We have successfully synthesized the Ni-NiO/PDDA-G nanohybrids, and the size of Ni-NiO nanoparticles was about 2 to 5 nm. The morphologies and chemical composition of Ni-NiO/PDDA-G were evaluated by TGA, XRD, TEM, and ESCA/XPS. The results show the phase of the Ni-NiO/PDDA-G, and the loading content of Ni-NiO is about 35 wt%. The CV and EIS results of Ni-NiO/PDDA-G in 0.5 M aqueous H2SO4 are better than those in 0.5 M aqueous H2SO4 + 0.5 M CH3OH. Therefore, Ni-NiO/PDDA-G in 0.5 M aqueous H2SO4 is more suitable as ORR electrocatalyst and could be a candidate of for cathode electrocatalyst of fuel cells.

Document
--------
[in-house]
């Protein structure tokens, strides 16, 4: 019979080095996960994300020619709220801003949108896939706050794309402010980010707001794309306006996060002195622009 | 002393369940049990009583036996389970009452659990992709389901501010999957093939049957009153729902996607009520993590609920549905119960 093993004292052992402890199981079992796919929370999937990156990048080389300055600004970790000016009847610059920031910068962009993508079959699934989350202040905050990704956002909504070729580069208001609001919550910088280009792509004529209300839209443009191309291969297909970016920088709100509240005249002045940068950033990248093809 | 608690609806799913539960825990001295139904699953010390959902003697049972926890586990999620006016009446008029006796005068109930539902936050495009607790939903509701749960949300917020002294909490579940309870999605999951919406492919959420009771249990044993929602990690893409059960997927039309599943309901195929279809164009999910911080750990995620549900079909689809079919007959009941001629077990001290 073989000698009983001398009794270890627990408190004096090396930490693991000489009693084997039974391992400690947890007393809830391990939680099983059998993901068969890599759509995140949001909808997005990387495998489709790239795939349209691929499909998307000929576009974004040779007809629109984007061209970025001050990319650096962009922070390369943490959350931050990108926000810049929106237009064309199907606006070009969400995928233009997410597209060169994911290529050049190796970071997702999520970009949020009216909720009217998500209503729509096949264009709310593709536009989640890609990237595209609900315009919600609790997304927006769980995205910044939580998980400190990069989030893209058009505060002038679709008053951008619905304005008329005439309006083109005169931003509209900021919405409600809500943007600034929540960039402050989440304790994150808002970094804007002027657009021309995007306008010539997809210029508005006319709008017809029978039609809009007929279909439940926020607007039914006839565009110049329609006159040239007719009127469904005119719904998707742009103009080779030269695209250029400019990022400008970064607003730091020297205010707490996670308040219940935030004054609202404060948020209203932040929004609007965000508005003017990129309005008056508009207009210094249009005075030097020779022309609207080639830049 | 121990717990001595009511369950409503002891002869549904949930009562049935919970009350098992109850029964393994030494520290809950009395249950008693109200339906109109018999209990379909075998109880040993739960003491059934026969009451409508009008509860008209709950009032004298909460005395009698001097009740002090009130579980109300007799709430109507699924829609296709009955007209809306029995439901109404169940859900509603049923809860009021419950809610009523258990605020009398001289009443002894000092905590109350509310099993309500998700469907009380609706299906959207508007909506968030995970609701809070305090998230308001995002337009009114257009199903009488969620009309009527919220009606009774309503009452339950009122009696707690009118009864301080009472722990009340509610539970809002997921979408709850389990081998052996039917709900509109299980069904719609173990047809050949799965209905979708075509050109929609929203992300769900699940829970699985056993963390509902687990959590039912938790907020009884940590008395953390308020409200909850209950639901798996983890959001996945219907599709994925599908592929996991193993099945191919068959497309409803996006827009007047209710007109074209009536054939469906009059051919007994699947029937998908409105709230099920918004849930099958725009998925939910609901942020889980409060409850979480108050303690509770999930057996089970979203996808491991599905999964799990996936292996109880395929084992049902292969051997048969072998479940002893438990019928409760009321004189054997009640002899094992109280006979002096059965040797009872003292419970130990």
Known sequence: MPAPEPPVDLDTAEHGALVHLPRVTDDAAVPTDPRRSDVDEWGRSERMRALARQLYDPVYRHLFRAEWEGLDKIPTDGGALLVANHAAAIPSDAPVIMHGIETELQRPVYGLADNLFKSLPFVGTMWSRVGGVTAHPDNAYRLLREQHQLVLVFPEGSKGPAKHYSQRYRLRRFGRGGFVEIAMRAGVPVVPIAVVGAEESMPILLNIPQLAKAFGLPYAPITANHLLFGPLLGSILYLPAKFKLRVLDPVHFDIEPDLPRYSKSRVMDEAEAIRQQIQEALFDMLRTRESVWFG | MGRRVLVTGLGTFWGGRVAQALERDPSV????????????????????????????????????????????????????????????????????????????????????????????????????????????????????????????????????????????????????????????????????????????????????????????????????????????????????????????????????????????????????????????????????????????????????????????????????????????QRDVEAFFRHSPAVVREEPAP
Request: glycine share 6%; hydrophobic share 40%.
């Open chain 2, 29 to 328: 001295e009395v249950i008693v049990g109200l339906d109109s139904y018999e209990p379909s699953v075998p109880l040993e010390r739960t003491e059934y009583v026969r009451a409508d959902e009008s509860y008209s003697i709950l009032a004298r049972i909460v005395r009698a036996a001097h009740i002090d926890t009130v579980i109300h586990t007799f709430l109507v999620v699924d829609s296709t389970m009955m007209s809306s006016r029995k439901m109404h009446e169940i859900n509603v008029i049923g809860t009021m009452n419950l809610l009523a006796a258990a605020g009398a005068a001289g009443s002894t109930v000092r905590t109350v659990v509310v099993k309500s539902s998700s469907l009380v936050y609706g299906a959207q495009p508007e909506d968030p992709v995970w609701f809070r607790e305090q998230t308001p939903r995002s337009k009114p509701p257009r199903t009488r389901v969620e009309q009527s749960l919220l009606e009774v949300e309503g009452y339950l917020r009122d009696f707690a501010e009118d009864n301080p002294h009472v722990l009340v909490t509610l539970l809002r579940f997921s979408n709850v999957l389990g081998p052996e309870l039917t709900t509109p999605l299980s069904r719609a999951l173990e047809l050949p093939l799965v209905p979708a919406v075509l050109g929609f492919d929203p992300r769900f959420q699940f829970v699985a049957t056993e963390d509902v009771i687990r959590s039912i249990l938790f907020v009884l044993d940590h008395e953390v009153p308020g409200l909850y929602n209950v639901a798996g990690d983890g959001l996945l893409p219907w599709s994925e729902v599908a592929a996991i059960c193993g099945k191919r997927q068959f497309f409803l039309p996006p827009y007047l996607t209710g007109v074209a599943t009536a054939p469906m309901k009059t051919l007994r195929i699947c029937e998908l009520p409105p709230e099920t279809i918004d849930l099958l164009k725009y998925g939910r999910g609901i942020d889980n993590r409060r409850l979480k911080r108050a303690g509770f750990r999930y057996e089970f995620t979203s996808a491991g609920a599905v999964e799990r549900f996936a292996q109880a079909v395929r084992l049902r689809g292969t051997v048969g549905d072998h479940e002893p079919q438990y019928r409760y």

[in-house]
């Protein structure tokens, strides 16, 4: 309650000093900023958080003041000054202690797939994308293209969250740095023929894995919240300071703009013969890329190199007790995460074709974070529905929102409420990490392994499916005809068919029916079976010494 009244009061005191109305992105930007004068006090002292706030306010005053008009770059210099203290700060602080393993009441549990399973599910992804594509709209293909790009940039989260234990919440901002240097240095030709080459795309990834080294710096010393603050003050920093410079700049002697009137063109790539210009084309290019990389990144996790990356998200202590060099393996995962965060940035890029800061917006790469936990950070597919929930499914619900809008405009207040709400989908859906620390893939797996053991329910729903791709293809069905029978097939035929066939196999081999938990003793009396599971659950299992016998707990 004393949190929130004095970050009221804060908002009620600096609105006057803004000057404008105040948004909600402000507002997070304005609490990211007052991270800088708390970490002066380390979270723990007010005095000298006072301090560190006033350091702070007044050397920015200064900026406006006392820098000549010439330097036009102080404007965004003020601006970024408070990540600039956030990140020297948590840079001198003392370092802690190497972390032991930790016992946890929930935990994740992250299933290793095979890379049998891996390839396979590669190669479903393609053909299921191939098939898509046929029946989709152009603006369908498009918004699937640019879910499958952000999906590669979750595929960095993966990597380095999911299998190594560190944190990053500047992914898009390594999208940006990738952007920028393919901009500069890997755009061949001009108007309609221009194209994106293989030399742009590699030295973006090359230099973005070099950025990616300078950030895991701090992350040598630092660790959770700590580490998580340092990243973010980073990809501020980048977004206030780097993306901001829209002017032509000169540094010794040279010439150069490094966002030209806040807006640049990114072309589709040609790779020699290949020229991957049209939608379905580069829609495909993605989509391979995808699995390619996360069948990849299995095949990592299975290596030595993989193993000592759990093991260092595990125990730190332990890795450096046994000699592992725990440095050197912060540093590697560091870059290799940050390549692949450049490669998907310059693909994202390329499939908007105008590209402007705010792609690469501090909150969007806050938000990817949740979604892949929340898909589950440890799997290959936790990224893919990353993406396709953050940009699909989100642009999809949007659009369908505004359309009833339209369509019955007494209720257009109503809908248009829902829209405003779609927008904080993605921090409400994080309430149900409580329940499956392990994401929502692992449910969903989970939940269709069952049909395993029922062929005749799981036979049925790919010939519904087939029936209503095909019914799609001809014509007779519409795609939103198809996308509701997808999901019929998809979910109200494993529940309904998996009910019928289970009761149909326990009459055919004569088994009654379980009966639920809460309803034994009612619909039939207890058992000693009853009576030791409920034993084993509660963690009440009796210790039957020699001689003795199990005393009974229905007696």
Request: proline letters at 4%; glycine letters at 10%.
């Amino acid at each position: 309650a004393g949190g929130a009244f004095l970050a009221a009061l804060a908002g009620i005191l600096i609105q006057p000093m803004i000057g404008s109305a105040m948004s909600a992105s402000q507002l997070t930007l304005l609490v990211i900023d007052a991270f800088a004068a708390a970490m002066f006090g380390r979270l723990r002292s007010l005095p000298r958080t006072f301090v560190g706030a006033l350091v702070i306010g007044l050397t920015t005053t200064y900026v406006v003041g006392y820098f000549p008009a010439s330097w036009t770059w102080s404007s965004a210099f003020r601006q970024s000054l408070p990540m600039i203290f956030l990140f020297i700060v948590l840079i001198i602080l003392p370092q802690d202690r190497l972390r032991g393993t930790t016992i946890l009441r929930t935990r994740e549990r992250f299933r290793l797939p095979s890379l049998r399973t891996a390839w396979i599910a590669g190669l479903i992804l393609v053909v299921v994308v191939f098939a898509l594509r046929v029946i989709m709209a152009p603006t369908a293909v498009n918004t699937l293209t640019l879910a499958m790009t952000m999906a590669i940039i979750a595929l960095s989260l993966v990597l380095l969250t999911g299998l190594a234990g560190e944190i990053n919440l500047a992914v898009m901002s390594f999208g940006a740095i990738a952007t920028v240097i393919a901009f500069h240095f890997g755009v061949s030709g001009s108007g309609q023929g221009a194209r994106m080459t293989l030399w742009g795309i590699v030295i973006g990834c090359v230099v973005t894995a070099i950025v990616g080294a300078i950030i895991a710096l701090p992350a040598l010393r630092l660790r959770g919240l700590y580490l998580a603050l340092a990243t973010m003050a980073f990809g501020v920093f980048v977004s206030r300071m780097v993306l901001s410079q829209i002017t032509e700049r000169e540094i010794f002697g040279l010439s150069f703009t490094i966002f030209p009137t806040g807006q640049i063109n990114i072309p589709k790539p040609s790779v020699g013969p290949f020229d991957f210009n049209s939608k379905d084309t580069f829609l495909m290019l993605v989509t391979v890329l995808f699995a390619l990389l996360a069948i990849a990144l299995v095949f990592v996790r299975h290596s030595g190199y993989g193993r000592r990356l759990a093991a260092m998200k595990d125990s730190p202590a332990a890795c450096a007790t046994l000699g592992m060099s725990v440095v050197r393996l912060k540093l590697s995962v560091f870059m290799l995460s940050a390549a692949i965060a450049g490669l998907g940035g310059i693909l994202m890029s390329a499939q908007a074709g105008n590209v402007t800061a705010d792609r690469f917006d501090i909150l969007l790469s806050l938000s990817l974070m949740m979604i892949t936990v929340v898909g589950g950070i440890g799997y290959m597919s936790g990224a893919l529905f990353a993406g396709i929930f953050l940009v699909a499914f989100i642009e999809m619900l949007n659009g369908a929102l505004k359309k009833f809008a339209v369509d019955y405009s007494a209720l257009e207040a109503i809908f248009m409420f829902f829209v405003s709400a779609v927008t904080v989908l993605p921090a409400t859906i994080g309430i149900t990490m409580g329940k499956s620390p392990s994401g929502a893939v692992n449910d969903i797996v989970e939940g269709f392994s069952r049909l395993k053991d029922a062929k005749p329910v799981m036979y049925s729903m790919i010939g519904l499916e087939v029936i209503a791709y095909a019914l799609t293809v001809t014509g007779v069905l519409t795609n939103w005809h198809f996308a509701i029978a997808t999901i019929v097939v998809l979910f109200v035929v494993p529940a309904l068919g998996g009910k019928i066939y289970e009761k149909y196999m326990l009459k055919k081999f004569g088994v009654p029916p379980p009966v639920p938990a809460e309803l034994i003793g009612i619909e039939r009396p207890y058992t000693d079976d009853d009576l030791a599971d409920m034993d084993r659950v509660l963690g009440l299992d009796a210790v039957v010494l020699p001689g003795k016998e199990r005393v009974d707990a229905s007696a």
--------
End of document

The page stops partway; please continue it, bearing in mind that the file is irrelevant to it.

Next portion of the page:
TYY is an assistant engineer at the Institute of Nuclear Energy Research. LYH is a postdoctoral fellow at National Taiwan University of Science and Technology. PTC is a postdoctoral fellow at National Taiwan University. CYC is an associate professor at National Taiwan University. TYC and KSW are undergraduate students at Ming Chi University of Technology. TYL holds an assistant professor position at Ming Chi University of Technology. LKL is a research fellow at Academia Sinica and an adjunct professor at National Taiwan University.
This work was financially supported by the National Science Council of Taiwan (NSC 102-2321-B-131-001) and partially supported by Academia Sinica.